Trevor Little

Third-party advertisers bidding on trademark terms in online search results spiked by 21% across the fourth quarter of 2016, with leading brands estimated to have lost 46 million clicks across the three month period. For key brands in the clothing and apparel sector this has been translated into approximately $300,000 in lost revenue.

The data is included in new research from monitoring firm BrandVerity, which evaluates the paid search landscape on keywords related to over 250 consumer-facing brands across ten different industry categories. The purpose of the study is to ascertain the types of ads that appear on search engines when potential customers search for a brand and how much traffic brands may be losing because of it. To facilitate this analysis, three types of ads are considered – those placed by brands on their own brand-related terms (‘brand ads’), ads placed on a brand’s keyword by a third-party advertiser which the brand’s trademark is also used in the ad copy (‘trademark use’) and those placed on a brand’s keyword by another advertiser that does not then include the trademark in its ad copy (‘no trademark’).

Last year we reported that, after a decline across the first two quarters of 2016, in Q3 the number of third-party advertisers bidding on trademark terms on Google jumped by a third. This upward swing continued in the fourth quarter, with trademark bidding spiking by a further 21% across the sample universe on all engines, with an estimated 46 million clicks lost by brands. While trademark bidding increased on every search engine, the biggest jump was seen on Google, with ‘trademark use’ up by 21% on the previous quarter and the ‘no trademark’ segment rising by over a quarter (26%).

In a separate report titled ‘Paid Search Trends 2017’, Brand Verity suggests that the bounce-back in trademark bidding over the second half of 2016 could be attributed to advertisers adapting their campaigns to Google’s Expanded Text Ads. Additionally, the fourth quarter was always going to be a competitive one in the online advertising world, with holiday season driving more consumers online and outlets and brands keen to get a slice of their shopping spend. However, while the first half of 2016 suggested that trademark bidding may be slowing down, by year end it has become clear that companies cannot be complacent as they seek to maintain competitive edge.

In terms of the different segments, the clothing and apparel category experienced the largest spike, with a 43% increase in trademark bidding. On Google, trademark bidding in this sector doubled, with trademark use up 100% on the previous quarter and ‘no trademark’ rising by 116%. Utilising rjmetrics.com’s economic behaviour model, the report estimates that 86,800 clicks were lost and, on a 5% conversion rate this equates to a loss of 4,340 customers and $308,000 in revenue (per brand).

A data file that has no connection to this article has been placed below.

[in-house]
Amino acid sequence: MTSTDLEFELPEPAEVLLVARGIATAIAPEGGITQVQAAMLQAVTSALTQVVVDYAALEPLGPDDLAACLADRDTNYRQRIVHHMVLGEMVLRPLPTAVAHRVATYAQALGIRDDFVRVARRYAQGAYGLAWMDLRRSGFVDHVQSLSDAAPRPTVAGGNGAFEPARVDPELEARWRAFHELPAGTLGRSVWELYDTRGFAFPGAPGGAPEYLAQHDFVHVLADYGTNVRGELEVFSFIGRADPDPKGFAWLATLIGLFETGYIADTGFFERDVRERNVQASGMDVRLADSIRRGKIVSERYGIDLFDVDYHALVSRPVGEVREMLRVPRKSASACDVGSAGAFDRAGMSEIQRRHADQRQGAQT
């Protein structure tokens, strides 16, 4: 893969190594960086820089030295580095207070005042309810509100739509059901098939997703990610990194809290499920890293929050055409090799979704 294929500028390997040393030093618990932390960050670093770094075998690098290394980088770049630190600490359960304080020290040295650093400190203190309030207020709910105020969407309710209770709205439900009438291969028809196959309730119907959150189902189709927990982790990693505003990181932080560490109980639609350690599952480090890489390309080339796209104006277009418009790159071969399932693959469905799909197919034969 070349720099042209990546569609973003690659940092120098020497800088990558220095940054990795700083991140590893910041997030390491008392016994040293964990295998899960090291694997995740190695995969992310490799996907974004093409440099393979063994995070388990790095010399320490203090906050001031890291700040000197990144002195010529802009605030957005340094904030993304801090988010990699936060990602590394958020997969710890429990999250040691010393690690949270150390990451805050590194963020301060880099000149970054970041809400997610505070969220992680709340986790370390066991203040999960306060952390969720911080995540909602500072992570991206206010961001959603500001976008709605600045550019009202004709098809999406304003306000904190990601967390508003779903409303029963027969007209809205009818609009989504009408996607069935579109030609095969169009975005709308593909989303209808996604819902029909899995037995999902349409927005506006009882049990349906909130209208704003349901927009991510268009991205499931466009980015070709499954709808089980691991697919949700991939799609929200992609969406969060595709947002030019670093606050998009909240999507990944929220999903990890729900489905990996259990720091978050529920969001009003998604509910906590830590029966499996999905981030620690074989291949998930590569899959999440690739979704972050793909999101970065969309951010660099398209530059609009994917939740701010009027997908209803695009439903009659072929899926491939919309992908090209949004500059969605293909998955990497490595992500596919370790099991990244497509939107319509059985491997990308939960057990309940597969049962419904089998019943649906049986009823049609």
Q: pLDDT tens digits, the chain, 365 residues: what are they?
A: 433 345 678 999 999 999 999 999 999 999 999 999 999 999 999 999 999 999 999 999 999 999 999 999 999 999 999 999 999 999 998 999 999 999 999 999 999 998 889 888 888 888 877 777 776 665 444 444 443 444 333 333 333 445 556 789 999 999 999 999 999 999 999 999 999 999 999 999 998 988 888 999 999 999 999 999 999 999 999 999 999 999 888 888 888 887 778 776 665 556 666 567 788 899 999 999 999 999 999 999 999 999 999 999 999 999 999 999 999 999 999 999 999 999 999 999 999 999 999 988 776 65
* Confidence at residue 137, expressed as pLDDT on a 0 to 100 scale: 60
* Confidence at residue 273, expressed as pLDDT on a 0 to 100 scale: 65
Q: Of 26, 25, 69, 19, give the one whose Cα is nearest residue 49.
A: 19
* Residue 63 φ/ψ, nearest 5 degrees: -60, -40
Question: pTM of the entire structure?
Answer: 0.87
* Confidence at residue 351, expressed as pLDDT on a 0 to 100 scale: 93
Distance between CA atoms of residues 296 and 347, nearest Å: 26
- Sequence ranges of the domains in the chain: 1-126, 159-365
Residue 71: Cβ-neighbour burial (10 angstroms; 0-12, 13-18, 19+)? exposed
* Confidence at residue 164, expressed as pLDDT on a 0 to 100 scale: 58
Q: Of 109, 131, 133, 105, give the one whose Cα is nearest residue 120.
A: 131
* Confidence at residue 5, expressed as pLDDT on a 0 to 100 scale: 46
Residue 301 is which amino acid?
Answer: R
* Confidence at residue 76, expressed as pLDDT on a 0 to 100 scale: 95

While in the clothing and apparel sector brands and trademark bidders were pretty even in terms of the overall advertiser mix when it came to impressions, in other sectors trademark bidders were clearly winning when using brand names. In the home services sector, trademark bidders received more than double the number of impressions than the original brand. In the consumer electronics sector, the brands were similarly lagging far behind trademark bidders, resulting in $95,600 in lost revenue per brand over the quarter (calculated according to average order spend utilised in rjmetrics.com’s industry statistics).

As we have mentioned when covering previous versions of this research, not all trademark bidding is infringing and where trademark bidding is undertaken by third parties that are channel and marketing partners, some of these lost clicks will find their way to the legitimate brand site(s). However, the study does provide insight into the scale of revenue that can be lost to third party bidders. For those tasked with monitoring use of their marks and protecting their brand against infringement, the data on lost clicks and revenues may be a useful tool when lobbying management for increased budget. 

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